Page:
Posted on February 25, 2016 by Mary Hood | 0 Comments
Celebrity beauties like Bar Refaeli, Karolina Kurkova, and Cameron Diaz have lauded the 24 karat gold facial. The trend isn’t entirely new, however. It’s rumored that Cleopatra slept in a gold mask every night (of course!), and gold has been used medicinally in the ancient Ayurvedic tradition. More specifically, it has been used to treat respiratory, heart, and brain diseases and has been credited with relaxing the body and mind.
In this latest iteration of gold-as-treatment, pure gold foil is applied directly to freshly cleansed skin and is promised to improve skin's texture, tone, appearance, redness, dark spots, and hydration. (Costing anywhere from $380-$1,200 per treatment, it better!) The gold treatment is usually mixed with hyaluronic acid (a hydrating agent), bee venom, collagen, and/or antioxidants and often includes a massage for increased absorption of these products.
Why gold, though? Gold facial brands claim that the softness of the precious metal means that skin will more easily absorb it, at least partially, and reap its benefits. Some dermatologists are skeptical, however, pointing out that the benefits associated with gold facials may really be coming from the antioxidants and other scientifically-backed ingredients in the treatment—and not so much from the gold. In fact, in order for the gold to actually penetrate the skin, it would have to be in nanoparticles—and most of the gold facials out there are not created with nanoparticle gold, so the gold foil simply sits on the surface of the skin.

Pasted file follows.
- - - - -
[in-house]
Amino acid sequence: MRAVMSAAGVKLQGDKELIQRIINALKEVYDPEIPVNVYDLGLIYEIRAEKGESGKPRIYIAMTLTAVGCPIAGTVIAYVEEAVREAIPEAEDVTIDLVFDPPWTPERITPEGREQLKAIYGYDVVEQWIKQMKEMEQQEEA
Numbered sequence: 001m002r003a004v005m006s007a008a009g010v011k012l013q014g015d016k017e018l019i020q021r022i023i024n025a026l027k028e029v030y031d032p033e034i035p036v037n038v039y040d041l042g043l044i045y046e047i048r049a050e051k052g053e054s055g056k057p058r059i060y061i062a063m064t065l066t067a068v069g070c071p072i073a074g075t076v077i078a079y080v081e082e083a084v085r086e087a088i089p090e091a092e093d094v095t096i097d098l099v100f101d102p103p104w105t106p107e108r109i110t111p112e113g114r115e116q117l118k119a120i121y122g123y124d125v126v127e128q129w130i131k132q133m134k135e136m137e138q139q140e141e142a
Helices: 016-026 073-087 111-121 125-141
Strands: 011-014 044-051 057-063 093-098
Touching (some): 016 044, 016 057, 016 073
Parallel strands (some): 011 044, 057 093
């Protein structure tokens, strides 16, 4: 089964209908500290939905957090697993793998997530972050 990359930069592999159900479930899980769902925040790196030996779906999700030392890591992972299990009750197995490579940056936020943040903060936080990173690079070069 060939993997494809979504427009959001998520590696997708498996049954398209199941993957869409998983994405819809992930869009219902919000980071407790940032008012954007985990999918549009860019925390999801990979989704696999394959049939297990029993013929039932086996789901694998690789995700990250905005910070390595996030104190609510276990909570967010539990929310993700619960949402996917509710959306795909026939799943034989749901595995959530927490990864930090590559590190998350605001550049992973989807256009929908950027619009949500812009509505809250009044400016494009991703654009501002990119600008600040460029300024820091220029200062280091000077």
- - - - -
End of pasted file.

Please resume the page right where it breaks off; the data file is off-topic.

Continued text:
Moreover, The Mayo Clinic notes that gold nanoparticles can be toxic to cells and are currently being used to destroy cancer cells in ovarian cancer, which suggests that we wouldn’t want to expose healthy cells to gold nanoparticles. Additionally, in 2001, the American Contact Dermatitis Society named gold the allergen of the year, so applying large patches of gold to sensitive facial skin may not be such a good idea until you can confidently rule out a gold allergy.
Our verdict? Spend your beauty budget on beauty treatments that have a little more science behind them—like massage, antioxidants, hyaluronic acid, and derma rolling—and, if you’re going to buy gold, make sure it is the kind you can wear (multiple times), like, you know, jewelry!